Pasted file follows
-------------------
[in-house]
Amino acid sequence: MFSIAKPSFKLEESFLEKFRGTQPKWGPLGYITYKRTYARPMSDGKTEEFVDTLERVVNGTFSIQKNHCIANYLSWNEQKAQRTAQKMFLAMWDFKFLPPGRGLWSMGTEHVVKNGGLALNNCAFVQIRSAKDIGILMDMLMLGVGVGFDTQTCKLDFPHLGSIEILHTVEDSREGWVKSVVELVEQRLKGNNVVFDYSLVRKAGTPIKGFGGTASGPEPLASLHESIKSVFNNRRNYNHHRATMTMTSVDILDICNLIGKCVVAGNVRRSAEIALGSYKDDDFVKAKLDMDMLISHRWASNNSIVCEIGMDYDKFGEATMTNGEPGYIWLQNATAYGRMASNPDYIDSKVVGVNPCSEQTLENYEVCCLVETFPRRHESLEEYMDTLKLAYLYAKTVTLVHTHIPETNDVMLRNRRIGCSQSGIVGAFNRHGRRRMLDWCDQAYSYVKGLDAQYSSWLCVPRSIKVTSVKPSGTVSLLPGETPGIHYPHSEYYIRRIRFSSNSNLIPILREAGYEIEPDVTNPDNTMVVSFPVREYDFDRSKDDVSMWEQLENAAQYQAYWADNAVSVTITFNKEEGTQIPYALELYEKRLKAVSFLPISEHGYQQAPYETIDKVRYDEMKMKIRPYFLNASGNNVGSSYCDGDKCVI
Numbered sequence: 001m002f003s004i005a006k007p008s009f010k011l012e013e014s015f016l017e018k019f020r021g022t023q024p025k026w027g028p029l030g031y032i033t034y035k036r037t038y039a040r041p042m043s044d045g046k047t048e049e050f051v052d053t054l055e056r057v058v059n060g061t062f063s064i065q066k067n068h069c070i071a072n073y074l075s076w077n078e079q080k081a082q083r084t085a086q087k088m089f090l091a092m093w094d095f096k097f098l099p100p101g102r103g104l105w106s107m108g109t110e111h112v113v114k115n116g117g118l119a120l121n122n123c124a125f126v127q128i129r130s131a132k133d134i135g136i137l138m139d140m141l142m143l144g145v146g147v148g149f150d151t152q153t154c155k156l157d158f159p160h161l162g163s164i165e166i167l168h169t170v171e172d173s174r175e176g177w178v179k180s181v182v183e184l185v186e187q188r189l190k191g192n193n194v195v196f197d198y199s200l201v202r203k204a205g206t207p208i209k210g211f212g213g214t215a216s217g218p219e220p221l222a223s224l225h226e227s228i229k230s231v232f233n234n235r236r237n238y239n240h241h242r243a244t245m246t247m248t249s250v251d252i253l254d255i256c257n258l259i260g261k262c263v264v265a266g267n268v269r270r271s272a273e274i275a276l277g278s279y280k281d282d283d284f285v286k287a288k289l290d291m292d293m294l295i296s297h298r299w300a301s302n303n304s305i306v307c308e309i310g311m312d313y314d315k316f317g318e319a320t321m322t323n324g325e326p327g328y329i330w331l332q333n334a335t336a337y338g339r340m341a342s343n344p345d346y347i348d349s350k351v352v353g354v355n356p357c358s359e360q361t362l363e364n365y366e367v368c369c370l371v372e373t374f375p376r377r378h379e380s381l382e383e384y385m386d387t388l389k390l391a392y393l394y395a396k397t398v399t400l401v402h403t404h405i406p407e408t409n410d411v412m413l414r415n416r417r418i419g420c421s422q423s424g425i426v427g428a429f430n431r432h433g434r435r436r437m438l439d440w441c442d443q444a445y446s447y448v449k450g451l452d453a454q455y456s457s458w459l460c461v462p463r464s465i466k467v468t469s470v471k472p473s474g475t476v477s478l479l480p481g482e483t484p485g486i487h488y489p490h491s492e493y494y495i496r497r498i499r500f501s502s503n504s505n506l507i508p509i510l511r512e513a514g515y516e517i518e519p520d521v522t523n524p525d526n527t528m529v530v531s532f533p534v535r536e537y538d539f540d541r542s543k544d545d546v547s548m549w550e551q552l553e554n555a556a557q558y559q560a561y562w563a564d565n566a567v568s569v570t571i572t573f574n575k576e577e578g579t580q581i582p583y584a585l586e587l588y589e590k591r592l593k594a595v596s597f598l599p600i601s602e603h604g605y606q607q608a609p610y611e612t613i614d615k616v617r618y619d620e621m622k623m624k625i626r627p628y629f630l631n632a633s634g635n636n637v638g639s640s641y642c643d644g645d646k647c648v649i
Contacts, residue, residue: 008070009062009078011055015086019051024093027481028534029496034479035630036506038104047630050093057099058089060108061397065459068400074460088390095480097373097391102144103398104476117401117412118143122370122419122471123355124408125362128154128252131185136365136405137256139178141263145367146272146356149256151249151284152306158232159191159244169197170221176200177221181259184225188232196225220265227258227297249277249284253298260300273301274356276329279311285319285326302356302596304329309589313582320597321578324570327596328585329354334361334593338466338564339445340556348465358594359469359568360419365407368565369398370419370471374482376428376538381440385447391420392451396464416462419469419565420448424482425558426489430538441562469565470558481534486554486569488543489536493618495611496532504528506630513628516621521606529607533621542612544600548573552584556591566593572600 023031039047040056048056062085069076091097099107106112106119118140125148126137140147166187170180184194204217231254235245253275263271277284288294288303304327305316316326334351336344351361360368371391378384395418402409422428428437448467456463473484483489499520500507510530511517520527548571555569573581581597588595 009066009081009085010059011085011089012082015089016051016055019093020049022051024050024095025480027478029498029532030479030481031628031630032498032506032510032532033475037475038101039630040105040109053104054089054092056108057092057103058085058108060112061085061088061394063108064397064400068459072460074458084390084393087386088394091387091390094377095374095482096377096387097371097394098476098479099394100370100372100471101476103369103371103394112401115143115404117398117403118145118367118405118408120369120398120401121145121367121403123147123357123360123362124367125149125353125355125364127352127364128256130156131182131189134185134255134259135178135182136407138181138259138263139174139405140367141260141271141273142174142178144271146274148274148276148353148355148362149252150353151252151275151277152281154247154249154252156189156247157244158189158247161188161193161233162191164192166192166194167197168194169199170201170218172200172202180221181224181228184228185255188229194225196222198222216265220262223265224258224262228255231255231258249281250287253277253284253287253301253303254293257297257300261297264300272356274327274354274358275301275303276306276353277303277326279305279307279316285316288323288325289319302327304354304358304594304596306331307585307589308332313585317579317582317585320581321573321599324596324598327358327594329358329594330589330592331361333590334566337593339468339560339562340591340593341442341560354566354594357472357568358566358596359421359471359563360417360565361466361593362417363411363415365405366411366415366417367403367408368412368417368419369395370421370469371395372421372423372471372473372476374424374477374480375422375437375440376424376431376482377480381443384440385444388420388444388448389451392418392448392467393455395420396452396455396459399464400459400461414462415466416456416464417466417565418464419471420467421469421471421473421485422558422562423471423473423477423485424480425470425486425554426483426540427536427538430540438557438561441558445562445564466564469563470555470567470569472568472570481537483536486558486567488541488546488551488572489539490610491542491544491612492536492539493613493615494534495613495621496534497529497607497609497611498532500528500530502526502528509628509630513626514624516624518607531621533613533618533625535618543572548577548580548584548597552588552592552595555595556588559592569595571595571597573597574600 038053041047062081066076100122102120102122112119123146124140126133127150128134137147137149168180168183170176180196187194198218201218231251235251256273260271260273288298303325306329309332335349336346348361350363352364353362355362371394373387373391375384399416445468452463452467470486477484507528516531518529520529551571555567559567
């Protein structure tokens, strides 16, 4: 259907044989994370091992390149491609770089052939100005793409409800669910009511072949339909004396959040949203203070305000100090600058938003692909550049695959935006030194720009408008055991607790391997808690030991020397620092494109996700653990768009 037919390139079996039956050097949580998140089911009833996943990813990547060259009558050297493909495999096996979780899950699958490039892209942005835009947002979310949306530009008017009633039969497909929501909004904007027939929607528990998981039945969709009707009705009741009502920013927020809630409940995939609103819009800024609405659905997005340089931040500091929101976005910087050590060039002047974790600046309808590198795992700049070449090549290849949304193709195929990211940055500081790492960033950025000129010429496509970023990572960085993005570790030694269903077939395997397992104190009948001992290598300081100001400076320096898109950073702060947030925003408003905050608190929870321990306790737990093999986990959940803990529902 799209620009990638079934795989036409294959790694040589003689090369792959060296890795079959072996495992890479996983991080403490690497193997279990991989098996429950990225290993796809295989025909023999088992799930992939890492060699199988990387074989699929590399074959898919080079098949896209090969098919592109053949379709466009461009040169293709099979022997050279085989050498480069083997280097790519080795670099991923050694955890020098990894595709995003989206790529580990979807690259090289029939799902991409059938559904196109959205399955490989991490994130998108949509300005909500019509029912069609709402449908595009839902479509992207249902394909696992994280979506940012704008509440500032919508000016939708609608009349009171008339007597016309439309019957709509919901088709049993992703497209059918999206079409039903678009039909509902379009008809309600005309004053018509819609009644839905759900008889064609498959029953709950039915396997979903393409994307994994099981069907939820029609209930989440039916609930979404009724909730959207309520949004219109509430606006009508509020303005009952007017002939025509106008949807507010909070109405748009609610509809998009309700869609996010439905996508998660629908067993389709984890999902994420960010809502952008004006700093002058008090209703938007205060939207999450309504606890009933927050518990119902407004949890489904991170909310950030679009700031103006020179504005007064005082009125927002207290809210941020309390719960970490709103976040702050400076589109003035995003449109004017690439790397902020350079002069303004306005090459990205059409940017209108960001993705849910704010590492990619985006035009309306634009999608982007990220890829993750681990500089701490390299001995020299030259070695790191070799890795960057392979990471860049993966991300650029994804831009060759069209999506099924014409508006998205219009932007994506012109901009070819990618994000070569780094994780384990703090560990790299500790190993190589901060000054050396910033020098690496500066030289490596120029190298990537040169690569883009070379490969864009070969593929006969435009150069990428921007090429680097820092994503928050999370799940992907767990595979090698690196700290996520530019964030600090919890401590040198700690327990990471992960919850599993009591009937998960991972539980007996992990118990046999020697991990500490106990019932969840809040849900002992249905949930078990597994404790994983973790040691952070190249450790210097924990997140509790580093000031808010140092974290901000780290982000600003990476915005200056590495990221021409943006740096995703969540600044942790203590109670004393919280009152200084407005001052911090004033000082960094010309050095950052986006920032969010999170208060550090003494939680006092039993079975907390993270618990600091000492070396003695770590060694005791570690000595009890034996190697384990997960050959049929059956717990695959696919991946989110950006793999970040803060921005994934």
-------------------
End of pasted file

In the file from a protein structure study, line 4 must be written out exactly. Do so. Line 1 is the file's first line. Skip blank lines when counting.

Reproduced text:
Contacts, residue, residue: 008070009062009078011055015086019051024093027481028534029496034479035630036506038104047630050093057099058089060108061397065459068400074460088390095480097373097391102144103398104476117401117412118143122370122419122471123355124408125362128154128252131185136365136405137256139178141263145367146272146356149256151249151284152306158232159191159244169197170221176200177221181259184225188232196225220265227258227297249277249284253298260300273301274356276329279311285319285326302356302596304329309589313582320597321578324570327596328585329354334361334593338466338564339445340556348465358594359469359568360419365407368565369398370419370471374482376428376538381440385447391420392451396464416462419469419565420448424482425558426489430538441562469565470558481534486554486569488543489536493618495611496532504528506630513628516621521606529607533621542612544600548573552584556591566593572600 023031039047040056048056062085069076091097099107106112106119118140125148126137140147166187170180184194204217231254235245253275263271277284288294288303304327305316316326334351336344351361360368371391378384395418402409422428428437448467456463473484483489499520500507510530511517520527548571555569573581581597588595 009066009081009085010059011085011089012082015089016051016055019093020049022051024050024095025480027478029498029532030479030481031628031630032498032506032510032532033475037475038101039630040105040109053104054089054092056108057092057103058085058108060112061085061088061394063108064397064400068459072460074458084390084393087386088394091387091390094377095374095482096377096387097371097394098476098479099394100370100372100471101476103369103371103394112401115143115404117398117403118145118367118405118408120369120398120401121145121367121403123147123357123360123362124367125149125353125355125364127352127364128256130156131182131189134185134255134259135178135182136407138181138259138263139174139405140367141260141271141273142174142178144271146274148274148276148353148355148362149252150353151252151275151277152281154247154249154252156189156247157244158189158247161188161193161233162191164192166192166194167197168194169199170201170218172200172202180221181224181228184228185255188229194225196222198222216265220262223265224258224262228255231255231258249281250287253277253284253287253301253303254293257297257300261297264300272356274327274354274358275301275303276306276353277303277326279305279307279316285316288323288325289319302327304354304358304594304596306331307585307589308332313585317579317582317585320581321573321599324596324598327358327594329358329594330589330592331361333590334566337593339468339560339562340591340593341442341560354566354594357472357568358566358596359421359471359563360417360565361466361593362417363411363415365405366411366415366417367403367408368412368417368419369395370421370469371395372421372423372471372473372476374424374477374480375422375437375440376424376431376482377480381443384440385444388420388444388448389451392418392448392467393455395420396452396455396459399464400459400461414462415466416456416464417466417565418464419471420467421469421471421473421485422558422562423471423473423477423485424480425470425486425554426483426540427536427538430540438557438561441558445562445564466564469563470555470567470569472568472570481537483536486558486567488541488546488551488572489539490610491542491544491612492536492539493613493615494534495613495621496534497529497607497609497611498532500528500530502526502528509628509630513626514624516624518607531621533613533618533625535618543572548577548580548584548597552588552592552595555595556588559592569595571595571597573597574600 038053041047062081066076100122102120102122112119123146124140126133127150128134137147137149168180168183170176180196187194198218201218231251235251256273260271260273288298303325306329309332335349336346348361350363352364353362355362371394373387373391375384399416445468452463452467470486477484507528516531518529520529551571555567559567